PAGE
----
If you’re doing three subjects, then you’re looking at 24 contact hours per week. Throw in at-home study and assignments, and it’s pretty much impossible to fit in a part-time job on the side. You basically need to dedicate all your time to this degree, which isn’t always possible for everyone.

#3: Honours is not easy to access

Even if you qualify for Honours, you’re still going to have to do a lot of leg work. First and foremost, you need to graduate with a WAM of 65-75 (depending on the subject).

Then things get a little more difficult. Kenzie says, “You have to be really proactive if you want to get in. You’re the one that has to work to find a supervisor.” 

Unlike other degrees, good grades won’t necessarily be enough to secure an Honours year. If you’re keen on graduating with Honours, you’re going to have to organise everything yourself.

Any regrets?

I regret not being able to do an internship while at uni. It was basically impossible to fit in because the study load was so heavy. I think it really would have come in handy if there was a course that accounted for it,” Kenzie explains.

What do you wish you had known before starting the degree? 

“I wish I had started off in Biology. I’m glad that I did Genetics and realised that it wasn’t for me, but it would have been a bit easier if I had started in the area I wanted to graduate in.” She says. 

That being said, it’s definitely not too difficult to change Majors in UNSW Science. All you need to do is make sure you complete a certain amount of credits in your new Major. You don’t even need to change degrees.

What makes this degree different from the ones offered at other universities? 

#1: The Community

Having good resources and a high-level of education is one thing, but community is definitely something that shouldn’t be overlooked. “There’s a lot of group work so everyone gets along really well […] We all kind of bonded over how hard it was. There’s also a lot going on socially, I ended up going to a lot of Balls.”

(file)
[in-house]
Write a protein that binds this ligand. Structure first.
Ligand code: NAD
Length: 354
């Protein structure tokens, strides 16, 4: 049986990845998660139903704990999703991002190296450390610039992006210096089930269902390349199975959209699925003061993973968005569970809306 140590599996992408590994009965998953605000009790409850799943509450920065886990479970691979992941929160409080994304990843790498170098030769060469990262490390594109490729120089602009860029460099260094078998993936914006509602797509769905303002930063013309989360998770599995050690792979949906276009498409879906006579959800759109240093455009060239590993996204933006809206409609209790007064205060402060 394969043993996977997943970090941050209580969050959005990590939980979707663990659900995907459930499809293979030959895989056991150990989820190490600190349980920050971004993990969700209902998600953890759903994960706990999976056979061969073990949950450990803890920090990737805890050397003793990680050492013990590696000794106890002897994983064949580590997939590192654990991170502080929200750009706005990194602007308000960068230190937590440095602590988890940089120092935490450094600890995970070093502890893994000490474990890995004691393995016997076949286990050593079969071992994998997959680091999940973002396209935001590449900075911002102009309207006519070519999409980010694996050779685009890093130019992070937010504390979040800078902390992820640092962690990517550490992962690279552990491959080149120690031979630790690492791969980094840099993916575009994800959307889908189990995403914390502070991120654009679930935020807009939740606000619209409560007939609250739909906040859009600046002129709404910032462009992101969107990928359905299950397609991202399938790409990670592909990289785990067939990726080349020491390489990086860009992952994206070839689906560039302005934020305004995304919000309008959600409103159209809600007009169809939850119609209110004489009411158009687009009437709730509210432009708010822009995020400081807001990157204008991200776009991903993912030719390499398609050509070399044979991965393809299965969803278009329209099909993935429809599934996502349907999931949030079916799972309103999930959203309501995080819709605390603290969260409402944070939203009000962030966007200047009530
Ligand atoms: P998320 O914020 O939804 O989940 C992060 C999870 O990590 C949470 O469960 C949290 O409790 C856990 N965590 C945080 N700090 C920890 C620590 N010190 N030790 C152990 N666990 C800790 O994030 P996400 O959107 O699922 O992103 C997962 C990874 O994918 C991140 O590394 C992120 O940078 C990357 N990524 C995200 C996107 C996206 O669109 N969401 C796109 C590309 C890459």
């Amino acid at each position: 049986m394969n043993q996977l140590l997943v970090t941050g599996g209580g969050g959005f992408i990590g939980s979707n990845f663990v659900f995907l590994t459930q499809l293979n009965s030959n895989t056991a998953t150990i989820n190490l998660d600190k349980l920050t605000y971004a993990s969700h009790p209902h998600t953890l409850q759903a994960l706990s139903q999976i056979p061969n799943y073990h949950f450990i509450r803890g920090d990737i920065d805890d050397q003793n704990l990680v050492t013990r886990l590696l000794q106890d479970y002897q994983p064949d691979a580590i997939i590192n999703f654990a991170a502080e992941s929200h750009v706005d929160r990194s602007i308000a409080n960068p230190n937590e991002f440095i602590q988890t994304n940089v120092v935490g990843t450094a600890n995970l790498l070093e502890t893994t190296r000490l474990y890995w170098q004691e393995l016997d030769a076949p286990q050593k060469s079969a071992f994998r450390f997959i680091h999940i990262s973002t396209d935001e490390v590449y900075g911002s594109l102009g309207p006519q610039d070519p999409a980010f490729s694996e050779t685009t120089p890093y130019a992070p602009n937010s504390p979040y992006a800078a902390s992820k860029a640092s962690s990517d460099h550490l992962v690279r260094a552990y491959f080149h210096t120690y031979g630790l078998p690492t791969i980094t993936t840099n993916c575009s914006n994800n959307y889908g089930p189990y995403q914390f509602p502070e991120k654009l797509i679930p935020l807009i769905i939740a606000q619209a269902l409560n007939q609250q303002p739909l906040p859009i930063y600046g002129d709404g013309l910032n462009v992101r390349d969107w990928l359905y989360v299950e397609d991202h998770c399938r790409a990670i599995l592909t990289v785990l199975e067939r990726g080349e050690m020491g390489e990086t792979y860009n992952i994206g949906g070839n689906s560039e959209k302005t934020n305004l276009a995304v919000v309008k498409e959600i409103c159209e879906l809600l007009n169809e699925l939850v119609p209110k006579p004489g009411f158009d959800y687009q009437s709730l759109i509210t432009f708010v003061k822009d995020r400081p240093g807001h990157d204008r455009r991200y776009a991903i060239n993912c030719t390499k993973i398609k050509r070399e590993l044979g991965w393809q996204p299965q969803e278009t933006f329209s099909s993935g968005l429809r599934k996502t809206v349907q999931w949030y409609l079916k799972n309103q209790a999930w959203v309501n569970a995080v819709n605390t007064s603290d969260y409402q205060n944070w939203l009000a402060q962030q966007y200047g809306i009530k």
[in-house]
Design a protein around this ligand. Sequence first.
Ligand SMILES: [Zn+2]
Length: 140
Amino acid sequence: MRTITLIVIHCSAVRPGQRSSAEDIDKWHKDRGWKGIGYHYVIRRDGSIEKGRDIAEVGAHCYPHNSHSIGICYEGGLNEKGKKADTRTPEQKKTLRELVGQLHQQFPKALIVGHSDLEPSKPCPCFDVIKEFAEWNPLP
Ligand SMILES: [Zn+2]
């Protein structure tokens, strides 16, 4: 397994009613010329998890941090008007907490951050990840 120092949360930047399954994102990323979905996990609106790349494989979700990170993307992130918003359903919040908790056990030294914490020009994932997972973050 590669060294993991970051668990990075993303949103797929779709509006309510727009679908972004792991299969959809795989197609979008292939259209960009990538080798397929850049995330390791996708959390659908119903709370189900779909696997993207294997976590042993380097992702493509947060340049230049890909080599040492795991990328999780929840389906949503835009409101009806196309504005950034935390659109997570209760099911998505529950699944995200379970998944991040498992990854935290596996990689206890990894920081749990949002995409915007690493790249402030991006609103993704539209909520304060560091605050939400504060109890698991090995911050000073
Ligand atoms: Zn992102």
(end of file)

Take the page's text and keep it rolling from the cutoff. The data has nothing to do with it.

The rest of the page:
#2: Practical hours

We may have already spoken about this part, but it really is a big game changer. According to Kenzie, “People at USYD had nowhere near as many field trips. It’s definitely something that makes a big difference about choosing UNSW.” 

If you’re keen on getting outside and putting your back into your education, UNSW is probably your best option.

What inspired you to choose this degree?

“Actually, I’m a bit of a rare case. My mum was a mature age student at UNSW, studying a Bachelor of Science, while I was doing my HSC. I was always on campus as a result, and it just clicked,” Kenzie says.

What are the possible career paths?

UNSW Science - Careers

UNSW Science will set you up for a number of career options. Some of them could be directly related to Science, while with others your Scientific background may be a nice perk.

Here’s an idea of a few of things you might pursue:

    • Public policy 
    • Occupational health and safety 
    • Food manufacturing 
    • Research
    • Market research and product development
    • Management, technical and environmental consulting
    • Data analytics 

Cody Williams is a Content Writer at Art of Smart Education. While Cody studied a Bachelor of Arts in International Relations and French Studies at UNSW, he quickly realised that his dream job would have him sit happily behind a keyboard. Cody’s digital writing career started with an internship at Bauer Media where he was writing for ELLE and Harper’s BAZAAR’s online publications. Once he had a taste for writing he never looked back, moving to Brisbane soon later to work as a Producer for Channel Nine Queensland. After a year in television media, he dusted off his online writing shoes so he could put them to good use, stamping out some scorching-hot career and educational resources at AOS.